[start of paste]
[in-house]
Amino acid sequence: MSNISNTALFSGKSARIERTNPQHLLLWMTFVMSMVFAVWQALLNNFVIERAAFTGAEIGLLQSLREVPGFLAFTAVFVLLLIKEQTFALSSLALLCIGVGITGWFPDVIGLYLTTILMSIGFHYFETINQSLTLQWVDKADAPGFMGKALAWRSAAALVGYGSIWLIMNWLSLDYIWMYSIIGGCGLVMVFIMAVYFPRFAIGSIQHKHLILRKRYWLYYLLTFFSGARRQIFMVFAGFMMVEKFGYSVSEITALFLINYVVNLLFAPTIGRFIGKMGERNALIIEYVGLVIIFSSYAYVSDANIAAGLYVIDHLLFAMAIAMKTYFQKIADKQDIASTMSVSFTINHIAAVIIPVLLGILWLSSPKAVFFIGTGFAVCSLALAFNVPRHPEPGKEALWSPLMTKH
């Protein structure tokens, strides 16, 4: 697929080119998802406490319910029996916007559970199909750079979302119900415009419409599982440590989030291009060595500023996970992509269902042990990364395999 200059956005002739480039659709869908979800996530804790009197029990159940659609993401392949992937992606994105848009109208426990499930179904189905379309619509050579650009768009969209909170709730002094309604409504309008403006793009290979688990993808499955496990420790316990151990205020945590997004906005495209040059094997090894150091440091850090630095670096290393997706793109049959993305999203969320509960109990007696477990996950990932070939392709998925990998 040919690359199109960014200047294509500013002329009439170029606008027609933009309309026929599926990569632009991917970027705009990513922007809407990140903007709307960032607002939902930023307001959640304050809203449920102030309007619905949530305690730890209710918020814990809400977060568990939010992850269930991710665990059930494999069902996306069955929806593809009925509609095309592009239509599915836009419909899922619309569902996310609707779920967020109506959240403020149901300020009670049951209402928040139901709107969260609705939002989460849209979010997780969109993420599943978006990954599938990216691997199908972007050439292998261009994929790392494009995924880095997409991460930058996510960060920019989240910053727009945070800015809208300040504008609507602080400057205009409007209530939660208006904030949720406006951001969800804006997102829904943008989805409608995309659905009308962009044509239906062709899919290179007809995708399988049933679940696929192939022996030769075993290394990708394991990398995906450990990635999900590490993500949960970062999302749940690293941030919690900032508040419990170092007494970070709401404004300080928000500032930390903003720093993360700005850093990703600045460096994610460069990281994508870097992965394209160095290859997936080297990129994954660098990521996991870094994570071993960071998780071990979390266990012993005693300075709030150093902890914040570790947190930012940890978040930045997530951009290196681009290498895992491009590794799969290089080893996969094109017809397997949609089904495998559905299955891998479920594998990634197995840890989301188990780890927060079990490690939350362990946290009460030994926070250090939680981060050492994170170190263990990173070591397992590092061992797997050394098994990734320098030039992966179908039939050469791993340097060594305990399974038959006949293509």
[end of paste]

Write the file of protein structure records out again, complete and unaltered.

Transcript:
[in-house]
Amino acid sequence: MSNISNTALFSGKSARIERTNPQHLLLWMTFVMSMVFAVWQALLNNFVIERAAFTGAEIGLLQSLREVPGFLAFTAVFVLLLIKEQTFALSSLALLCIGVGITGWFPDVIGLYLTTILMSIGFHYFETINQSLTLQWVDKADAPGFMGKALAWRSAAALVGYGSIWLIMNWLSLDYIWMYSIIGGCGLVMVFIMAVYFPRFAIGSIQHKHLILRKRYWLYYLLTFFSGARRQIFMVFAGFMMVEKFGYSVSEITALFLINYVVNLLFAPTIGRFIGKMGERNALIIEYVGLVIIFSSYAYVSDANIAAGLYVIDHLLFAMAIAMKTYFQKIADKQDIASTMSVSFTINHIAAVIIPVLLGILWLSSPKAVFFIGTGFAVCSLALAFNVPRHPEPGKEALWSPLMTKH
């Protein structure tokens, strides 16, 4: 697929080119998802406490319910029996916007559970199909750079979302119900415009419409599982440590989030291009060595500023996970992509269902042990990364395999 200059956005002739480039659709869908979800996530804790009197029990159940659609993401392949992937992606994105848009109208426990499930179904189905379309619509050579650009768009969209909170709730002094309604409504309008403006793009290979688990993808499955496990420790316990151990205020945590997004906005495209040059094997090894150091440091850090630095670096290393997706793109049959993305999203969320509960109990007696477990996950990932070939392709998925990998 040919690359199109960014200047294509500013002329009439170029606008027609933009309309026929599926990569632009991917970027705009990513922007809407990140903007709307960032607002939902930023307001959640304050809203449920102030309007619905949530305690730890209710918020814990809400977060568990939010992850269930991710665990059930494999069902996306069955929806593809009925509609095309592009239509599915836009419909899922619309569902996310609707779920967020109506959240403020149901300020009670049951209402928040139901709107969260609705939002989460849209979010997780969109993420599943978006990954599938990216691997199908972007050439292998261009994929790392494009995924880095997409991460930058996510960060920019989240910053727009945070800015809208300040504008609507602080400057205009409007209530939660208006904030949720406006951001969800804006997102829904943008989805409608995309659905009308962009044509239906062709899919290179007809995708399988049933679940696929192939022996030769075993290394990708394991990398995906450990990635999900590490993500949960970062999302749940690293941030919690900032508040419990170092007494970070709401404004300080928000500032930390903003720093993360700005850093990703600045460096994610460069990281994508870097992965394209160095290859997936080297990129994954660098990521996991870094994570071993960071998780071990979390266990012993005693300075709030150093902890914040570790947190930012940890978040930045997530951009290196681009290498895992491009590794799969290089080893996969094109017809397997949609089904495998559905299955891998479920594998990634197995840890989301188990780890927060079990490690939350362990946290009460030994926070250090939680981060050492994170170190263990990173070591397992590092061992797997050394098994990734320098030039992966179908039939050469791993340097060594305990399974038959006949293509």